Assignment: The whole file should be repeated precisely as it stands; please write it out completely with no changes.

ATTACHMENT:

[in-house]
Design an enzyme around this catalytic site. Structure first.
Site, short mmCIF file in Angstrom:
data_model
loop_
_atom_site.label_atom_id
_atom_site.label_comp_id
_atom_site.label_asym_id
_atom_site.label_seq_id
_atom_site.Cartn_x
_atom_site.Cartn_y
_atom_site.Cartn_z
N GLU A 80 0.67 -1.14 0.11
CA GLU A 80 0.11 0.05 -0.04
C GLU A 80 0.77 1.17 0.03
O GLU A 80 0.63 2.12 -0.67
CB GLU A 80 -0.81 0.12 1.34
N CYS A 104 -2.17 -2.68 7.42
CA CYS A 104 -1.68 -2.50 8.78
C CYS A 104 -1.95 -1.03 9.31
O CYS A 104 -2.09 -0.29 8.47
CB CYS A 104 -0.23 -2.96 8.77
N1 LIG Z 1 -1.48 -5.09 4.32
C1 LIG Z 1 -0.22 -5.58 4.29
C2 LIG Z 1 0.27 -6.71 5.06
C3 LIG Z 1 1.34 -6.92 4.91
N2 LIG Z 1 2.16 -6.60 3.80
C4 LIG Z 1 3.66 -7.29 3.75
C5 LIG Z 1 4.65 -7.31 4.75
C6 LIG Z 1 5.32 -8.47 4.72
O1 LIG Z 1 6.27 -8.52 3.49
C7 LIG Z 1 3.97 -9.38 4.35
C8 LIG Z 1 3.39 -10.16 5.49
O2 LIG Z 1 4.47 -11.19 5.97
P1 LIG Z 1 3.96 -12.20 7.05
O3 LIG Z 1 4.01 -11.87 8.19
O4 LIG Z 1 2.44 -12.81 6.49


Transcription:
[in-house]
Design an enzyme around this catalytic site. Structure first.
Site, short mmCIF file in Angstrom:
data_model
loop_
_atom_site.label_atom_id
_atom_site.label_comp_id
_atom_site.label_asym_id
_atom_site.label_seq_id
_atom_site.Cartn_x
_atom_site.Cartn_y
_atom_site.Cartn_z
N GLU A 80 0.67 -1.14 0.11
CA GLU A 80 0.11 0.05 -0.04
C GLU A 80 0.77 1.17 0.03
O GLU A 80 0.63 2.12 -0.67
CB GLU A 80 -0.81 0.12 1.34
N CYS A 104 -2.17 -2.68 7.42
CA CYS A 104 -1.68 -2.50 8.78
C CYS A 104 -1.95 -1.03 9.31
O CYS A 104 -2.09 -0.29 8.47
CB CYS A 104 -0.23 -2.96 8.77
N1 LIG Z 1 -1.48 -5.09 4.32
C1 LIG Z 1 -0.22 -5.58 4.29
C2 LIG Z 1 0.27 -6.71 5.06
C3 LIG Z 1 1.34 -6.92 4.91
N2 LIG Z 1 2.16 -6.60 3.80
C4 LIG Z 1 3.66 -7.29 3.75
C5 LIG Z 1 4.65 -7.31 4.75
C6 LIG Z 1 5.32 -8.47 4.72
O1 LIG Z 1 6.27 -8.52 3.49
C7 LIG Z 1 3.97 -9.38 4.35
C8 LIG Z 1 3.39 -10.16 5.49
O2 LIG Z 1 4.47 -11.19 5.97
P1 LIG Z 1 3.96 -12.20 7.05
O3 LIG Z 1 4.01 -11.87 8.19
O4 LIG Z 1 2.44 -12.81 6.49